Jordan sequence.

>In the following, I'm going to use the claim that sorting a sequence by
>inserting it into a binary tree is as hard as accessing the same
>sequence in a tree containing these values.  I haven't proved this,
>but it seems to me that each time a value is inserted (a new leaf
>added at what was a "null pointer"), one could imagine that that value
>already existed as a node in the tree but had not previously been
>accessed.  It should thus be possible to construct an initial tree
>containing the values to be sorted for which the rotation sequence is
>the same whether one is inserting into an intially empty tree, or
>accessing from an initally full tree.

This is the crux of the matter -- can the lower bound in [1] be used to
get an an Omega(n log n) lower bound on Jordan sorting via insertion into
a symmetrically ordered binary tree?  That lower bound assumed that all
elements are in the tree at the start, that they are being accessed in some
specified order (allowing rotations in the tree), and that no insertions or
deletions are done.

>complicated idea for a proof that would not require this claim
>but I think it is true, and it results in a cleaner argument).

I believe your claim is false.  But I think the lower bound can be patched
up to work for this case.

Consider how Jordan sorting with a binary tree proceeds:

First, we traverse the simple closed curve, each time we encounter an
intersection with the x axis, we insert that intersection point into a binary
tree that is symmetrically ordered by the x coordinate.

Second, we access the items in the tree, in order by x coordinate.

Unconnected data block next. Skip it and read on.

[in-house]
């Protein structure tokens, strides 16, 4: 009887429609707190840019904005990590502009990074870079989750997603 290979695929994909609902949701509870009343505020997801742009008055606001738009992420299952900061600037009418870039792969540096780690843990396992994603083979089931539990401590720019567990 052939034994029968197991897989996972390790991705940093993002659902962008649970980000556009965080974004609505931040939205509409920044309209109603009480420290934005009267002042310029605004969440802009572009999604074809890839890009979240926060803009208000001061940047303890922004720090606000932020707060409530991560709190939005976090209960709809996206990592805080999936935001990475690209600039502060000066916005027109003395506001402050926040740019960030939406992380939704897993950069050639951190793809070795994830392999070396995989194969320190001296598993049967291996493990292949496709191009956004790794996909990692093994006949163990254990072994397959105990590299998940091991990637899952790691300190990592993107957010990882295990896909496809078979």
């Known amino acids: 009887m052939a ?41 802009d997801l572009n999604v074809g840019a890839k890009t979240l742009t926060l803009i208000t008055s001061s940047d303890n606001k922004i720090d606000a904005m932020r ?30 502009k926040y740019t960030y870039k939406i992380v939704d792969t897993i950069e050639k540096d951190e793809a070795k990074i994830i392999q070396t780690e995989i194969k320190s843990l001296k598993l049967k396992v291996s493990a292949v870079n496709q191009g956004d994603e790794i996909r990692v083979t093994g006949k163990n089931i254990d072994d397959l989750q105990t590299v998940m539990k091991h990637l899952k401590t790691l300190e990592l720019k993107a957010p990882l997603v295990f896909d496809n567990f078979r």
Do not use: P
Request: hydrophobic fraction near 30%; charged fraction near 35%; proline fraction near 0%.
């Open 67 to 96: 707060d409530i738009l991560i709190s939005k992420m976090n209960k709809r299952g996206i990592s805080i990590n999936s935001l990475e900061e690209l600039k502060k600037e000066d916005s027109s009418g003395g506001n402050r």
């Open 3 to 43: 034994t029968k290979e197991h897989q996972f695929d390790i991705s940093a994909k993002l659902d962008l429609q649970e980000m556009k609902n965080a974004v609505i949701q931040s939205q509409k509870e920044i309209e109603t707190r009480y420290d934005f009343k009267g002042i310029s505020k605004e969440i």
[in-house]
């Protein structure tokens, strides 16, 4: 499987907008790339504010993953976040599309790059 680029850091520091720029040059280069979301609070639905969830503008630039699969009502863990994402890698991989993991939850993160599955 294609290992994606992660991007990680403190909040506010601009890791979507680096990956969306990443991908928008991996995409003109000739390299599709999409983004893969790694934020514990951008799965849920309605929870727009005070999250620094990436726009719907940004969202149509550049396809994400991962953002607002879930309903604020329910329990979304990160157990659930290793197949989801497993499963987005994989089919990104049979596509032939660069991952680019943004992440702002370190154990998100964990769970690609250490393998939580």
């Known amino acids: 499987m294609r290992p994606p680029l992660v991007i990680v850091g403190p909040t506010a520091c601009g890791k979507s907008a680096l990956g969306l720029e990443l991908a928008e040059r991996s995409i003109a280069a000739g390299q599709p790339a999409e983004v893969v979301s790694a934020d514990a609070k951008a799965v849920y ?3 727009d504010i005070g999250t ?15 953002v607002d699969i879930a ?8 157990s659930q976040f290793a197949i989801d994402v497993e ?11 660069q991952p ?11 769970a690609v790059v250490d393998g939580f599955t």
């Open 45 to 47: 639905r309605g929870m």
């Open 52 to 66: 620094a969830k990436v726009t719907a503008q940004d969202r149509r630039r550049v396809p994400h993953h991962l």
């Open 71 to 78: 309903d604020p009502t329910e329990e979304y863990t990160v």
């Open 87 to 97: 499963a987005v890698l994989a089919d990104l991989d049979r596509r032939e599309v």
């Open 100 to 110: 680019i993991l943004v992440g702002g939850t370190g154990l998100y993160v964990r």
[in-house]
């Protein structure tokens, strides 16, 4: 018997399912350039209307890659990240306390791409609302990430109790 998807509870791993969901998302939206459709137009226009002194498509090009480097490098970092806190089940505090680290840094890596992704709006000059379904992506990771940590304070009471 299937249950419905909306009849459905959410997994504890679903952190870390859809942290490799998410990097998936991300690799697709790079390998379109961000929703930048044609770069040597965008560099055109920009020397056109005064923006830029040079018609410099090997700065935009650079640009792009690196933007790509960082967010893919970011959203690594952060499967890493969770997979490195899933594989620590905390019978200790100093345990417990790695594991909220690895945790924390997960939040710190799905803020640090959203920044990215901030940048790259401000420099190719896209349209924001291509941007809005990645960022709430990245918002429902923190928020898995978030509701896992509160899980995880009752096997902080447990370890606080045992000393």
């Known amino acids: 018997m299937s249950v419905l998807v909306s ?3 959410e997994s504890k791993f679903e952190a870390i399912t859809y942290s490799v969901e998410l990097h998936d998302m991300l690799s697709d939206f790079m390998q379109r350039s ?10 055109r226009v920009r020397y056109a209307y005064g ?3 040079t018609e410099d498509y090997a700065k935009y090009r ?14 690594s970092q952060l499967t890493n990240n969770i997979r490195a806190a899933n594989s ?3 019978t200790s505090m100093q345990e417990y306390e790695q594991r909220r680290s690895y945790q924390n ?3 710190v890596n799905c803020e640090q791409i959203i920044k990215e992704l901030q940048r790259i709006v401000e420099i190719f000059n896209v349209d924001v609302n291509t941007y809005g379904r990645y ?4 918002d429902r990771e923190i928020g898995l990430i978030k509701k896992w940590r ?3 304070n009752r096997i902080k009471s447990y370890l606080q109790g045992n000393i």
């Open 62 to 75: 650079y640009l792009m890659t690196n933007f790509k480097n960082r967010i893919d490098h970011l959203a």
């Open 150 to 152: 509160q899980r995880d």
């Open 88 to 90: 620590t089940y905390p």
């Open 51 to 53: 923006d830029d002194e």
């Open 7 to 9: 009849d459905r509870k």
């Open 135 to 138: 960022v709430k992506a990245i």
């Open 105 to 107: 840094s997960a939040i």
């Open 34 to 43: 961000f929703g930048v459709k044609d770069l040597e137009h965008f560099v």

At the end of the first pass the items are sorted by x coordinate, so the
second pass accesses the nodes in sequential order.  This pass takes linear
time, including when the splay algorithm is used to do the accessing, as was
proved by Tarjan [2].

So any lower bound must be applied to the first pass, when the items are
being inserted.  I find it convenient to "reverse the film" -- items are
inserted into a tree in sequential order by x coordinate, in linear time,
and then they are deleted in the order they appear on the curve (that is,
deleted according to a Jordan sequence).  We want to show that the deletion
phase takes n log n time.

We need to extend the model to allow for deletions.  I think the following
definition covers all the cases:

Definition:  A *standard deletion* of a node v can occur when v has at most
one child.  In that case, if v has no children (it is a leaf) it is simply
removed.  Otherwise v is removed and v's only child is made a child of v's
parent (if v was not the root) or is made the root (if v was the root).

In general, to delete a node v you do some sequence of rotations so that
v has at most one child, and then you do a standard deletion of v.

For example, as I recall deletion of a node v in a splay tree proceeds as
follows:

1.  v is splayed to the root and removed, leaving its left and right subtrees,
L and R.

2.  The largest node in L, r, is splayed to the root of L.

3.  R is made the right subtree of r.

This can be cast into the "standard model" as follows:

1.  v is splayed to the root.  Its left subtree is L.

2.  The largest node in L, r, is splayed to the root of L, making r the left
child of v.

3.  r is rotated over v.

4.  v has no left child; a standard deletion of v is done.

Clearly this has the same complexity as the usual deletion routine.